Lucky SHD100

A quick write-up of my thoughts on the Chinese black and white film – Lucky SHD100

The quality and aesthetic of black and white films has long been debated by many photographers, so long in fact I can imagine cave men doing battle over who’s film has more latitude and which displays better tonality, of course back then they only had rodinal but that’s another story.

At this point i’ve managed to shoot most of the big name black and white films and have shot lots of the smaller names as well. It’s amazing just how different they can all be, some are best in low light, some are grainy, some are smooth and some have wacky contrast. Of course all these things are greatly managed and effected by choice of developer and style of processing. (Agitation etc.)

I first tried Lucky SHD100 some time ago as it was a cheap alternative to some of the bigger brands, Also living in a regional area it’s very hard to find affordable film so all my purchases are from online retailers or eBay. Keeping my expectations low I ventured out with an at-the-time untested camera, the Dacora Digna from 1954. Wow I couldn’t beleive the results I got from this film. Especially in an old german viewfinder camera that I hadn’t even used. The film was souped in Rodinal at the time by my brother, he scanned the negs and sent them back for me.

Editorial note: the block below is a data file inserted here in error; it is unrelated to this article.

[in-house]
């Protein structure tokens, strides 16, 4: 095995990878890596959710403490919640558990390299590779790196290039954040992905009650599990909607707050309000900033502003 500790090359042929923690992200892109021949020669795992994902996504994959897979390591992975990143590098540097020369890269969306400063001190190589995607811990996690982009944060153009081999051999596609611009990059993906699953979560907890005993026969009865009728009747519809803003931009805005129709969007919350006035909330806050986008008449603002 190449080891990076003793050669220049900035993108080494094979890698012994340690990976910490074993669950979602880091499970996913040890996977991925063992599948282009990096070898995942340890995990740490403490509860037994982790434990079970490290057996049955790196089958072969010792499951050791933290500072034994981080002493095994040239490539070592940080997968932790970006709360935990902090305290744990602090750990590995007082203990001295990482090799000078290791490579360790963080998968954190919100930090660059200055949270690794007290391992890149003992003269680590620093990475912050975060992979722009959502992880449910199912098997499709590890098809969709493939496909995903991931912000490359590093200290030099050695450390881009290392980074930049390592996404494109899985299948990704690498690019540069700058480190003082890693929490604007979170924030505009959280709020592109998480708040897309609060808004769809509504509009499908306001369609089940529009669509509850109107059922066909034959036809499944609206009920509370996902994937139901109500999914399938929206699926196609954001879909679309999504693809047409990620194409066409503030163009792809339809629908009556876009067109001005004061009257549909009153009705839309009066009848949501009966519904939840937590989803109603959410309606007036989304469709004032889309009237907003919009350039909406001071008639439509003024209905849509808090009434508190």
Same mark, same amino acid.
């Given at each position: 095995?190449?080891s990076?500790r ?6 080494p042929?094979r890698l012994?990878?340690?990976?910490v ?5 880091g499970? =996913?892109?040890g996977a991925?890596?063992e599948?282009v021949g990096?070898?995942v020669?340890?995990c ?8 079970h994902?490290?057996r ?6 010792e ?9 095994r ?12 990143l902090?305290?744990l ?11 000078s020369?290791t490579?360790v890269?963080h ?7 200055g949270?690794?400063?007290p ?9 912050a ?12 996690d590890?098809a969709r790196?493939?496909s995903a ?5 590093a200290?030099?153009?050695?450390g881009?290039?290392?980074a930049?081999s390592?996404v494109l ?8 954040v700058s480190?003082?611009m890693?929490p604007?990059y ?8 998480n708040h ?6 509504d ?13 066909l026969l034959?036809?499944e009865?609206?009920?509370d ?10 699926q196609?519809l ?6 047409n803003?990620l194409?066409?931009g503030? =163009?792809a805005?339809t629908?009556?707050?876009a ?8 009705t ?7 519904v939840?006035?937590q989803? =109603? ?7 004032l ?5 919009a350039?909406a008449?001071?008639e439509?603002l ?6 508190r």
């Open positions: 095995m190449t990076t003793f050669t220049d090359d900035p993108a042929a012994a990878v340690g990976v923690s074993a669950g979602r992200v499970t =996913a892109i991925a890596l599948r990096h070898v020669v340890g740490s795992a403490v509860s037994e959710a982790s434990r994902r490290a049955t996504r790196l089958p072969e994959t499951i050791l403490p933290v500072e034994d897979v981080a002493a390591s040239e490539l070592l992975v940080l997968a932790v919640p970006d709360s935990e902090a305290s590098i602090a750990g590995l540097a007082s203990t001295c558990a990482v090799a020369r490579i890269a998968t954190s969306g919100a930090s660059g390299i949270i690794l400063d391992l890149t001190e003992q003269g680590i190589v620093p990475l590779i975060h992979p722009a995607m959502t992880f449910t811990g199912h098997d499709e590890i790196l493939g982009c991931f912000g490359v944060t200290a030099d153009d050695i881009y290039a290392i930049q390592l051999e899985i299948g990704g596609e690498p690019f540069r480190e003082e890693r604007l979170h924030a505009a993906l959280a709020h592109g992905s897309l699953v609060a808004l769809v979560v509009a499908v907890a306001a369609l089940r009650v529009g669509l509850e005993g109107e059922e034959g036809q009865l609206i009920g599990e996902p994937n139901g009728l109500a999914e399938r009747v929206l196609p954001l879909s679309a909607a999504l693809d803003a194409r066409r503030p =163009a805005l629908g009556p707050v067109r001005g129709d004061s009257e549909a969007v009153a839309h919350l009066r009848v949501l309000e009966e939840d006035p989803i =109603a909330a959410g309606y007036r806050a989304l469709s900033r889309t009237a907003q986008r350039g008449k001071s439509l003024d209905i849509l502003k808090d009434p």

Unretouched scan from that first roll of Lucky film – Dacora Digna

Since that time I have relied on Lucky as a staple film. One that’s cheap enough to keep a brick in my freezer for those times I run low on Ilford HP5+. So far i’ve only shot this film in 120 rolls. I have read that in 35mm it can become a little grainier depending on the developer used. In the above sample it was souped in rodinal however i’ve also processed this in D-76 which gives beautiful results.

Time keeps on a slippin'

Shot in the Botanic gardens in Sydney, Processed in Kodak D76 – Rolleiflex T

Lucky is a well known film company operating out of China and has some other films on offer as well, they are only a small part of the film market share but produce a decent quality black and white film. I have not yet tested their Colour range of film but I believe that was an off-shoot of a short term agreement they had with Kodak.

If you are looking for a budget film that can produce some excellent results then this just might be the film for you. Keep in mind it will never be as good or as popular as the leading brands. They have far bigger budgets to spend on R&D. This little trooper is a lot better than Shanghai film and offers a great middle ground at a reduced price.

2 thoughts on “Lucky SHD100

  1. Dianne

    Thanks for this review! I recently came across this type of film and purchased 3… Haven’t used them yet cause i’m having difficulty looking for a photo lab that can process this with D-76… 🙁


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